The Average American Plans to Retire at 66 or Older; This Is When They Really Call It Quits

By Brian

When do you plan to retire? Put some thought into the question. Photo: Sukanto Debnath, via Flickr.

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If you aren't already, when do you plan to retire?

To be honest, that alone is a loaded question. There are many ways to define "retirement." Many believe it means stopping any form of labor that one gets paid for. For others, it means being financially independent -- able to set one's own schedule and follow one's own passions. It can even mean leaving a job you loathe for one that pays less but is very satisfying.

Go ahead and use whatever definition makes sense to you.

According to a 2015 study by the Employee Benefit Research Institute, almost half of those age 55 or older -- who are not yet retired -- say that they plan to wait to retire until after the age of 66.

Source: EBRI, via the Government Accountability Office. Figures are in percent of respondants.

There are probably lots of reasons that folks think they'll be working that long. The most obvious explanation is that people are worried they won't have enough saved up for retirement, and want to add as much extra cash to their nest eggs as they possibly can.

But there are other, less talked about -- though I would argue, more important -- factors in play. At the age of 55, "retirement" is more of an idea than a reality. After working for up to 35 years, many people may have a tough time figuring out how they'll spent their days after they stop. Even more have their personal identity and sense of purpose and meaning tied up in what they do professionally. And especially among those who have just turned 55, they may not have many like-aged friends who have stopped working yet.

But the EBRI also looked at the actual age that today's retirees decided to retire. The differences are stark.

Source: EBRI, via the Government Accountability Office

While there's one flaw with this data -- those who have yet to retire and are well above 66 still fall in the group on the left -- the data represents a key disconnect between our plans for retirement, and the reality of retirement.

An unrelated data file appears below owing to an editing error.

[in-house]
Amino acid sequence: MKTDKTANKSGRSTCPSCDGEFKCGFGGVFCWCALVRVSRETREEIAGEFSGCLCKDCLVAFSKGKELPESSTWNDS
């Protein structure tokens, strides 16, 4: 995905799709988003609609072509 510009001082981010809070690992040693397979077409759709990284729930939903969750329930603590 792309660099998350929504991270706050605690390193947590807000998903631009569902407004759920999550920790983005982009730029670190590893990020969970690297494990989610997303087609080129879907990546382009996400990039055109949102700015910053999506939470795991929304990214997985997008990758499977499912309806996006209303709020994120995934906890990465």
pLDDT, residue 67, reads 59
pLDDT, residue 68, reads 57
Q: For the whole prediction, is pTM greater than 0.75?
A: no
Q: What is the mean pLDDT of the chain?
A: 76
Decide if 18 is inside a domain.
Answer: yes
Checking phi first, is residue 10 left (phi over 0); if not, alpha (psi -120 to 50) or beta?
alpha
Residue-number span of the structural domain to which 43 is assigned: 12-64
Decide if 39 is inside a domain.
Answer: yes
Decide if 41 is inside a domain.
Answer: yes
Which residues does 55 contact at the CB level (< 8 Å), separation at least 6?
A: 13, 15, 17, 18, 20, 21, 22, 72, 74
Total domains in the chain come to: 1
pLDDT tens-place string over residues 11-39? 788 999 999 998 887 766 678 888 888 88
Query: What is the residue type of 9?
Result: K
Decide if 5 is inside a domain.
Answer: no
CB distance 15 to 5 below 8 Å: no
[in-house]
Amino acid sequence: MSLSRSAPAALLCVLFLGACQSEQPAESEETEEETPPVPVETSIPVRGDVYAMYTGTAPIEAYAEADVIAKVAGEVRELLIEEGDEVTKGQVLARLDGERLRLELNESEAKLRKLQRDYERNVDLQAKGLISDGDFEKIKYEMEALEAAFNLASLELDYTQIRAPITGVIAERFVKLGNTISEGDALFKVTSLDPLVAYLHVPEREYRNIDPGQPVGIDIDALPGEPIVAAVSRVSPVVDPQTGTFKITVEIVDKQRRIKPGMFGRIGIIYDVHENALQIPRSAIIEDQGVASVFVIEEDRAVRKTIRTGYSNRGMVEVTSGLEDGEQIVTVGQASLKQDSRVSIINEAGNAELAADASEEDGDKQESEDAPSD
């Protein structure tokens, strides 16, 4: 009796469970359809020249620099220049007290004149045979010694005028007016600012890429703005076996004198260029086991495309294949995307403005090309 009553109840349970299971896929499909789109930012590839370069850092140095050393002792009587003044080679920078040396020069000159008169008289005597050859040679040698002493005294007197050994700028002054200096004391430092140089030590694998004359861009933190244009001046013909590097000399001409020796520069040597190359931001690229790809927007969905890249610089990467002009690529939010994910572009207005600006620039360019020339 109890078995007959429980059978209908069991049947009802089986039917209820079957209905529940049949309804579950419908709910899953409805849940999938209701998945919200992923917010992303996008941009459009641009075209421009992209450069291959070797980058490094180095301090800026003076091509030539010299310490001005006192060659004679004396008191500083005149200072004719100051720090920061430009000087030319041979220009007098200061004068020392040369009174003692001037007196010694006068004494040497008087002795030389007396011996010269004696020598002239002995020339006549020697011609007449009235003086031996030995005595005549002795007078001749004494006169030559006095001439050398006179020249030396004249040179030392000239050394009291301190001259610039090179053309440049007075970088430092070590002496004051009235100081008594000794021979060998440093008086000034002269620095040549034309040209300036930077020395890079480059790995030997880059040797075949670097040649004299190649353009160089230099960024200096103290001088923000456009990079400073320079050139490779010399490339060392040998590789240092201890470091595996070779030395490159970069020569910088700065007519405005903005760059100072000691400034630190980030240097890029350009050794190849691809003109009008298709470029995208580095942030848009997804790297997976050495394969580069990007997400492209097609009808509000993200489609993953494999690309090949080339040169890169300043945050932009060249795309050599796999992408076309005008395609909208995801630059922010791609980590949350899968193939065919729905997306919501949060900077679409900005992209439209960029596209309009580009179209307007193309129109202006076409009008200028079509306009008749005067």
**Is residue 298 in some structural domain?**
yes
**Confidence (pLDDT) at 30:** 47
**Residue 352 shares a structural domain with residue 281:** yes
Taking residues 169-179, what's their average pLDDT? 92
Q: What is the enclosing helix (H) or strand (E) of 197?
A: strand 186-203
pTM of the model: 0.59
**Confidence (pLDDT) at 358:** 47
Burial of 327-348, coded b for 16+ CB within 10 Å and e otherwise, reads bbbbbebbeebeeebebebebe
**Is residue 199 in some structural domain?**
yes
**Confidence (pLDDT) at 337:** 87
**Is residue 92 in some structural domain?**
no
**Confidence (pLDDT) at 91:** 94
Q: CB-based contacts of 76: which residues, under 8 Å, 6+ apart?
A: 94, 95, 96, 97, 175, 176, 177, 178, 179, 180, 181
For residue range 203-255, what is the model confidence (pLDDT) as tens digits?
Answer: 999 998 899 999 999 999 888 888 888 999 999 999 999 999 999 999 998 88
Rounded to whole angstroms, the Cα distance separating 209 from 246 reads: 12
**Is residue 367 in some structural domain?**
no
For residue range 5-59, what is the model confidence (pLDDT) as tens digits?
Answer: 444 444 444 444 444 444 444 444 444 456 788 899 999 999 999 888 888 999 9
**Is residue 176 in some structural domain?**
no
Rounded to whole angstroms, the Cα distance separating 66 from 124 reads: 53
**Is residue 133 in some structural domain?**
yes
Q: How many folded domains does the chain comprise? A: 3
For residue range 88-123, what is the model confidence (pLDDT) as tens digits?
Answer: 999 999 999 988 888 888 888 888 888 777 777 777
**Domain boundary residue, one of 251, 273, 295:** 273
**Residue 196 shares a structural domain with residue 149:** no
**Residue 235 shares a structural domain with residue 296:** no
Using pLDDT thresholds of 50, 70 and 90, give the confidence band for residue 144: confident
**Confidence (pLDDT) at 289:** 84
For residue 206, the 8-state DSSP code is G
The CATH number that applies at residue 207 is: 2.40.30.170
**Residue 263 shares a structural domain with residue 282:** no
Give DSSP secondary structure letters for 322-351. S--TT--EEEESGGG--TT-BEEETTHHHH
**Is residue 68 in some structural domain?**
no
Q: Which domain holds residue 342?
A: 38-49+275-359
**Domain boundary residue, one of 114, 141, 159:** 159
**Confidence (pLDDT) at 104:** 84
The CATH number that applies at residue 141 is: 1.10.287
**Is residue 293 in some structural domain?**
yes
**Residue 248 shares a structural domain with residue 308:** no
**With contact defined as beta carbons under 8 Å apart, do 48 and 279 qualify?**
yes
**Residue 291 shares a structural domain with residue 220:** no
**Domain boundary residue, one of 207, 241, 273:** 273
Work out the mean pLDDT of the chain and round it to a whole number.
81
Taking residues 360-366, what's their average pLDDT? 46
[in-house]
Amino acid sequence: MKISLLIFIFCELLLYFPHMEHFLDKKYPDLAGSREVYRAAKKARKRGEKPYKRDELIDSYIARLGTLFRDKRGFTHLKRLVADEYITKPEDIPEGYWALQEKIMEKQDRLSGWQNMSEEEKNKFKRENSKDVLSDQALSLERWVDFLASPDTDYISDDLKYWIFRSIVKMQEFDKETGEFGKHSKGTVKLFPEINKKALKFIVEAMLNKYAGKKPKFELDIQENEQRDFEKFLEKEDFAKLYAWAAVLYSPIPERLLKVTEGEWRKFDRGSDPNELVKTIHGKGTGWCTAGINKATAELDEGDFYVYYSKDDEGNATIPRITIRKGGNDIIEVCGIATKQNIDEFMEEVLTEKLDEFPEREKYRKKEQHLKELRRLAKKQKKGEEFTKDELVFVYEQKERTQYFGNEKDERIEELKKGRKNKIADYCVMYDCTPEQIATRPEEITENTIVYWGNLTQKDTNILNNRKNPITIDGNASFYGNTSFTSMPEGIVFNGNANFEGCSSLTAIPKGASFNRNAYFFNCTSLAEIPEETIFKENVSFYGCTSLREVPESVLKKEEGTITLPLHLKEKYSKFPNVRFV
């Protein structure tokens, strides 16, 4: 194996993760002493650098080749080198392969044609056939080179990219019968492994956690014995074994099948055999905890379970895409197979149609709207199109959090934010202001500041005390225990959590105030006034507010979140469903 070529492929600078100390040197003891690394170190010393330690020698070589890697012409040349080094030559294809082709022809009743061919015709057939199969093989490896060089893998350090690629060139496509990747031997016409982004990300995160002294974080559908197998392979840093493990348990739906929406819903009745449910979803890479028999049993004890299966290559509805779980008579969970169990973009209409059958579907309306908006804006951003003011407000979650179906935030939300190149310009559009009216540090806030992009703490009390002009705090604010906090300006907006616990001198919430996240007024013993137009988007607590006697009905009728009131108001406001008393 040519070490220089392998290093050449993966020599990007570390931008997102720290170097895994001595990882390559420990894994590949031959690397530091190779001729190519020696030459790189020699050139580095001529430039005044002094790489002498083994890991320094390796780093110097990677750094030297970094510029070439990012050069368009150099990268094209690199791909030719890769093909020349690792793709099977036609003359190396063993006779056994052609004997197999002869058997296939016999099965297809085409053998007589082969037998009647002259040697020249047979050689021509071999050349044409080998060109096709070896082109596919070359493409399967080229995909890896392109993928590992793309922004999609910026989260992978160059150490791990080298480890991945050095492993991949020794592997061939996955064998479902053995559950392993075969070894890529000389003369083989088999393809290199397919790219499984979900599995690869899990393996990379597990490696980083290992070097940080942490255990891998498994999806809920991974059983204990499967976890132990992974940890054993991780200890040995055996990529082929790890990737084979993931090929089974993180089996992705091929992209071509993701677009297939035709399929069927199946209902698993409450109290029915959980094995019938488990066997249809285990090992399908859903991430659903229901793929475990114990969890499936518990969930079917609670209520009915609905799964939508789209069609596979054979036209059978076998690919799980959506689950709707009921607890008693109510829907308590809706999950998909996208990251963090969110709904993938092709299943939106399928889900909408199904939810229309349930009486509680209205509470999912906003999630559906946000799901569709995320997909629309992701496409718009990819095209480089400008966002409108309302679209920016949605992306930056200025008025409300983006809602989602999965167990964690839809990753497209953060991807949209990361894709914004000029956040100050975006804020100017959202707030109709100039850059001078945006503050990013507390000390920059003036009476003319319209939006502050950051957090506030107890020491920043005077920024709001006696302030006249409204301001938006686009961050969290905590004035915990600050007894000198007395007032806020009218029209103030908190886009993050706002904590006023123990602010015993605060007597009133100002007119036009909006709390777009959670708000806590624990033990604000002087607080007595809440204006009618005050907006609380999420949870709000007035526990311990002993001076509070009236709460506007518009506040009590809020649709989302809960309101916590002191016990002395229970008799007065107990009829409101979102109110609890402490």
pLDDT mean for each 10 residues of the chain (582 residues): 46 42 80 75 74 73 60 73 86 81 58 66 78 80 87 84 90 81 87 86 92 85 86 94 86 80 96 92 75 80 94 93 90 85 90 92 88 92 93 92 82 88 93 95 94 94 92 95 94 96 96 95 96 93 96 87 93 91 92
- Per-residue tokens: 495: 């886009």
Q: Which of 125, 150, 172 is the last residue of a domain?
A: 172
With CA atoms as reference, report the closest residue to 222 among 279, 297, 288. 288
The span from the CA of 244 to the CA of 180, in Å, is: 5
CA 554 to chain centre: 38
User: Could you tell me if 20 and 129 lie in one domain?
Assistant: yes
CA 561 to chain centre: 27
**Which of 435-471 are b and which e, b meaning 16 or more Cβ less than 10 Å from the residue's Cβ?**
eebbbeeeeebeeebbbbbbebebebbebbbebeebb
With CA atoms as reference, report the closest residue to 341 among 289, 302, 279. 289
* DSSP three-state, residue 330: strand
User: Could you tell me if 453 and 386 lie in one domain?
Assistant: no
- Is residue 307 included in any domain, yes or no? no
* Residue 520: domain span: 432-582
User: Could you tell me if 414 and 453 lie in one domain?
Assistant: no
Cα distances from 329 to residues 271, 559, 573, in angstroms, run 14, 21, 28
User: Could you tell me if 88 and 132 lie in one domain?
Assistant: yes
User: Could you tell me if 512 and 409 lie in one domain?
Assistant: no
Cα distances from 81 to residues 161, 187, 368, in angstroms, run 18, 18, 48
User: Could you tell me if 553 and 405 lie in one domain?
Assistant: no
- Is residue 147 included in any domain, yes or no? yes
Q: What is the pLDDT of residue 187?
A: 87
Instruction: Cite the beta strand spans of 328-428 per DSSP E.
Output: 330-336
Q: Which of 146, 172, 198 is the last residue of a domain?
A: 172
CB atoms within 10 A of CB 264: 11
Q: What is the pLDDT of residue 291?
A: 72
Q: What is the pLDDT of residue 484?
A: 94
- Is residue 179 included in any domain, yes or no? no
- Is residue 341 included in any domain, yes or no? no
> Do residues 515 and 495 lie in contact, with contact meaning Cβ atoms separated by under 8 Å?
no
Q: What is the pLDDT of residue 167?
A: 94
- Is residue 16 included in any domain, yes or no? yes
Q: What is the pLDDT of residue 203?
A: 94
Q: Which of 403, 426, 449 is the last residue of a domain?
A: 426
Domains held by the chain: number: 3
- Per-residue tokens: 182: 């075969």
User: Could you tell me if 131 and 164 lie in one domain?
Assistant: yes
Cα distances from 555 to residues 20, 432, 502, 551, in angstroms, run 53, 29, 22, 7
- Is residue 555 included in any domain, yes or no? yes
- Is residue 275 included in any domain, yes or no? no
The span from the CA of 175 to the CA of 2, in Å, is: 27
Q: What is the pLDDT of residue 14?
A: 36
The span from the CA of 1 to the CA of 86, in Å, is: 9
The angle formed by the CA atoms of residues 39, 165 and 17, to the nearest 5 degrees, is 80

What does this mean? I'll offer two takes.

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The optimistic explanationI like the sunny view, so let's start here. As you get closer and closer to retirement, things change. You start to become more aware of your own mortality, and limited time on Earth. You now have more friends who have retired, and the thought of calling it quits no longer seems like such a lonely endeavor.

Beyond that, when many people reach their late 50s and early 60s, grandchildren start to come onto the scene. These factors, combined with the realization that you probably don't require nearly as much money as you thought you would to sustain your lifestyle, make retirement much more appealing.

And in the end, retirees of all stripes and incomes report that they are much happier (89% of all retirees, according to a 2014 study) after retiring.

The pessimistic explanationOf course, it's not always so rosy. When you're older, you could lose your job and have difficulty finding a new one. Health problems may surface making it nearly impossible to work. Or maybe, instead of you getting sick, it's a loved one who falls ill, and you have to stay home to help out.

We don't like thinking about these possibilities, but that's exactly what makes preparing for them so important. Once they crop up, there's little we can do about them.

At the end of the day, it really shouldn't matter to you when and why the "average" American decides to retire. Think about when you want to retire, and why. And remember that if there are financial factors playing into your plans to work longer, it's possible you'll still have to call it quits earlier than you think. Start preparing now to mitigate the effects of such an outcome.

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